Emily Sutton

One Christmas Wish

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If you had a Christmas wish what would it be? Would you wish for gifts, food or maybe even snow days? In Katherine Rundell’s book, ‘One Christmas Wish’, Theodore has an opportunity to make a special Christmas Eve wish of his own, a wish that turns into a magical Christmas adventure. 

Once again, Theo’s parents are working late on Christmas Eve and he is left alone in the care of his rather neglectful babysitter. Whilst decorating the family Christmas tree with antique ornaments and gazing out of the window, Theodore seizes the opportunity to make a wish on a shooting star. He wishes with every inch of his heart not to be lonely, to be with somebody, to be un-alone. No sooner then the wish has been spoken, it is magically granted. The ornaments on the tree stretch and come to life- their mission, to keep Theodore company on Christmas Eve. 

One Christmas wish can turn into an extraordinary experience when a rocking horse, a robin, an angel and a tin soldier become your friends. Theodore receives just what he wanted for Christmas and in return his Christmas Eve becomes a quest to help his new playmates with their seasonal wishes. Each decoration appears to need something to make it complete again, whilst the rocking horse has an insatiable appetite for eating everything (including chewing through the cables of the Christmas trees lights), the little Robin has forgotten how to sing; the sweet angel has broken wings and the tin soldier misses his true love. Theodore is able to help each of his new friends find exactly what they need and in return, he finds the companionship he desperately craves.

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After a hectic evening of mischief and magic, Theodore wakes on Christmas morning to find that the restorative magic of the shooting star has stretched beyond the Christmas Eve adventure and has helped create a miraculous Christmas morning.  Theo’s parents have caught the Christmas spirit and the home has been transformed into a festive wonderland of decorations, presents, music and food. Theo and his parents share mugs of hot cocoa around the tree and settle in for a Christmas never to be forgotten. Their experiences have helped them to learn that the real treasures are the people in our lives, and the best gift you can give is the gift of your time.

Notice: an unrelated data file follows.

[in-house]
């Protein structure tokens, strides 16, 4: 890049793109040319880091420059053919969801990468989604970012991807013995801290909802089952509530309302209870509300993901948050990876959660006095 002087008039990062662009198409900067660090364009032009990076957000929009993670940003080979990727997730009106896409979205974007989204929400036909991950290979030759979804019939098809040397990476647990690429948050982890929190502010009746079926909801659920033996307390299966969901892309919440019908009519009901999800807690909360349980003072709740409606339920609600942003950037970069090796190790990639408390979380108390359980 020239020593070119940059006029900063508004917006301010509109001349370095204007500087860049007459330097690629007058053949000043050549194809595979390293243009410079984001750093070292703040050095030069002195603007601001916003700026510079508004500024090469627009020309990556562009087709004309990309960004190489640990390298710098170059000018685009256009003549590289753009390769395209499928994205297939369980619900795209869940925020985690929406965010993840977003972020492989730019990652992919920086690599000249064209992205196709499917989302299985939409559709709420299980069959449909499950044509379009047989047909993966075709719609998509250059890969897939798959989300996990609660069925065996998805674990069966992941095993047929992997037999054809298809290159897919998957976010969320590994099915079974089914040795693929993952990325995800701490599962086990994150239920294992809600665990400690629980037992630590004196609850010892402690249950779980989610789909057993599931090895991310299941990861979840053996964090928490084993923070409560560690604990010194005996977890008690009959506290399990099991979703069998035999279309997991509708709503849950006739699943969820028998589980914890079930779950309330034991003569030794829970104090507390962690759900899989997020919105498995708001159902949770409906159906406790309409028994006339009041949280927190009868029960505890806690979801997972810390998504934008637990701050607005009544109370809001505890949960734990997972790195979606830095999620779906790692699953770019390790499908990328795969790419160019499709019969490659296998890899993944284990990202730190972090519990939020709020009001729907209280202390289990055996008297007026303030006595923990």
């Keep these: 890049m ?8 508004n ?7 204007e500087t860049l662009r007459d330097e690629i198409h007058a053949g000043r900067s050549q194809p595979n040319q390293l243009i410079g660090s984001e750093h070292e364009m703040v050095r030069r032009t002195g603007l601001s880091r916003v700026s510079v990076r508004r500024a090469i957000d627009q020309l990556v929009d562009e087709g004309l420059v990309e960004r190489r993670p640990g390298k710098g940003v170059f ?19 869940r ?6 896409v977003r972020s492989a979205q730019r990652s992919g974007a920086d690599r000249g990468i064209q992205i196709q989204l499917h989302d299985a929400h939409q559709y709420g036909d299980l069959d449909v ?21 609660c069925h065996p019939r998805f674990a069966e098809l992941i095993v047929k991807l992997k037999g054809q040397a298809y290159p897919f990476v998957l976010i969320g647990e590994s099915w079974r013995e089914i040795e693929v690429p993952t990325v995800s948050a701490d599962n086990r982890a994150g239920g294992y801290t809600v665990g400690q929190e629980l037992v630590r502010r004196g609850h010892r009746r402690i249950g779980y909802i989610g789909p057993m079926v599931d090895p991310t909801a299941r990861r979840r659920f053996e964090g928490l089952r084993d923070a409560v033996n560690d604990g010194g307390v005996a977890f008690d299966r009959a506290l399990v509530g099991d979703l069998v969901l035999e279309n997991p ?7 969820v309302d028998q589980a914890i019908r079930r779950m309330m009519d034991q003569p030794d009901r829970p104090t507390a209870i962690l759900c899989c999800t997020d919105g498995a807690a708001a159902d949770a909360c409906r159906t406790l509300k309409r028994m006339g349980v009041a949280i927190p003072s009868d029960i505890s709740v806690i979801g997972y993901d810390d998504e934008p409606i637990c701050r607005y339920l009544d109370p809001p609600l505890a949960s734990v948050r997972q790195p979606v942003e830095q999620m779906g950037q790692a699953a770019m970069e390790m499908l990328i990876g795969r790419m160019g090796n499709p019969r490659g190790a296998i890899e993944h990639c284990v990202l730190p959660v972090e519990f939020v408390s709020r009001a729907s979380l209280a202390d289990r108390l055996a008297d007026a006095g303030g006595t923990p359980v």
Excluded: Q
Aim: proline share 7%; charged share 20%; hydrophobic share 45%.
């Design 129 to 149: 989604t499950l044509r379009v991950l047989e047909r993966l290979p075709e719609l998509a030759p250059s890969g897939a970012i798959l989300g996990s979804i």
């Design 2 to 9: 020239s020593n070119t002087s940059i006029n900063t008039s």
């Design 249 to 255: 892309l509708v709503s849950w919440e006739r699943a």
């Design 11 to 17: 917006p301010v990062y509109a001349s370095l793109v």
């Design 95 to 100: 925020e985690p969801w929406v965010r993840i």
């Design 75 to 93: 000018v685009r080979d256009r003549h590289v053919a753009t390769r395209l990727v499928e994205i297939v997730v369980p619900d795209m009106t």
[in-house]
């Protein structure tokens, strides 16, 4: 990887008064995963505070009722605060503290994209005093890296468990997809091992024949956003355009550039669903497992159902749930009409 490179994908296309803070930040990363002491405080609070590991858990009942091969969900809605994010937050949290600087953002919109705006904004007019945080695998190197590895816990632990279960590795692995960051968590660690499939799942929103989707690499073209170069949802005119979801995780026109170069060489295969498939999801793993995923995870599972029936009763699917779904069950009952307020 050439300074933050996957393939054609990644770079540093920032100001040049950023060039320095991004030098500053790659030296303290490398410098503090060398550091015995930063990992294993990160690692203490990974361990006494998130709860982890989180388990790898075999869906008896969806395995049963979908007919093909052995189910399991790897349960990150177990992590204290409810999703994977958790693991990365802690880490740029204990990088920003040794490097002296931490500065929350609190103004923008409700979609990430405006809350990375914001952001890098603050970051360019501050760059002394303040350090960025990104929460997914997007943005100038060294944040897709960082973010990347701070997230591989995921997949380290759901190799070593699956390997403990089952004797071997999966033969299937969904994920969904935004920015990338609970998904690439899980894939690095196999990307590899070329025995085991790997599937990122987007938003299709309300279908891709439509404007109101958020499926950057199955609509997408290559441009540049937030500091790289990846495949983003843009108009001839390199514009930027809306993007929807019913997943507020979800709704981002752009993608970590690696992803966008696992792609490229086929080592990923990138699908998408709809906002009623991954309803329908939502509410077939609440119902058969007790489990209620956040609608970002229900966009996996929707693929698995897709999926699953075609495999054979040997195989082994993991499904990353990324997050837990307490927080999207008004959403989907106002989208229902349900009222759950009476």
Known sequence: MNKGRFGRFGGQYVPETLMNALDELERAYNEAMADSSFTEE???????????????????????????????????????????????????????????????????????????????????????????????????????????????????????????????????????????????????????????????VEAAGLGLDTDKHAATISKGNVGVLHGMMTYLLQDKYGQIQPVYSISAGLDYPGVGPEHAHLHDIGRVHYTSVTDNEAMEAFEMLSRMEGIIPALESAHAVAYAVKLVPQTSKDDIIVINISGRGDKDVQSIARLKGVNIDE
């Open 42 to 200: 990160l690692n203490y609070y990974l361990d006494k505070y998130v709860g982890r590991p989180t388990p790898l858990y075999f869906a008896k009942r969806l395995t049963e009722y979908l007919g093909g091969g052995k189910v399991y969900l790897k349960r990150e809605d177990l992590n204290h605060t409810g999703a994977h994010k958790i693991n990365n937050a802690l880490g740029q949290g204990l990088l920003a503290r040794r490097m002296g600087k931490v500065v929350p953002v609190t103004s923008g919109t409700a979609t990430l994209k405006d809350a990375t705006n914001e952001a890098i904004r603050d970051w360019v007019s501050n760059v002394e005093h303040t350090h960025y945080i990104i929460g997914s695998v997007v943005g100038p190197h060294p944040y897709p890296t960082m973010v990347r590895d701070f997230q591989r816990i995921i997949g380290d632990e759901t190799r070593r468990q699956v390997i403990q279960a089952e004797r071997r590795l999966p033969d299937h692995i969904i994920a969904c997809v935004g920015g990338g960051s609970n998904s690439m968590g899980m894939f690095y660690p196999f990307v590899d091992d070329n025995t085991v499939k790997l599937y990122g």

Katherine Rundell’s book, ‘One Christmas Wish’, is a modern Christmas fable and Emily Sutton’s beautiful illustrations, in her characteristic 1950’s style, make this tale feel like a real Christmas classic. The story is a heartwarming reminder that Christmas is more than the gifts and the trimmings, it is a season of love and goodwill. Readers might imagine and write about their own Christmas dilemmas and wishes, create their own magical Christmas decoration characters and plan their own enchanted Christmas Eve adventures. This is a lovely book to read with any KS2 class.

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One Christmas Wish  Katherine Rundell, illustrated by Emily Sutton

Bloomsbury ISBN: 9781408885734

A First Book of the Sea

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This is a beautiful book. Words and images mingle, creating memorable scenes full of colour and life. Gathered into four sections, there are poems and thoughts about many aspects of the sea- its beauty, the pleasure it offers, the life it holds and the human connection to it. There are poems here which will resonate with everyone.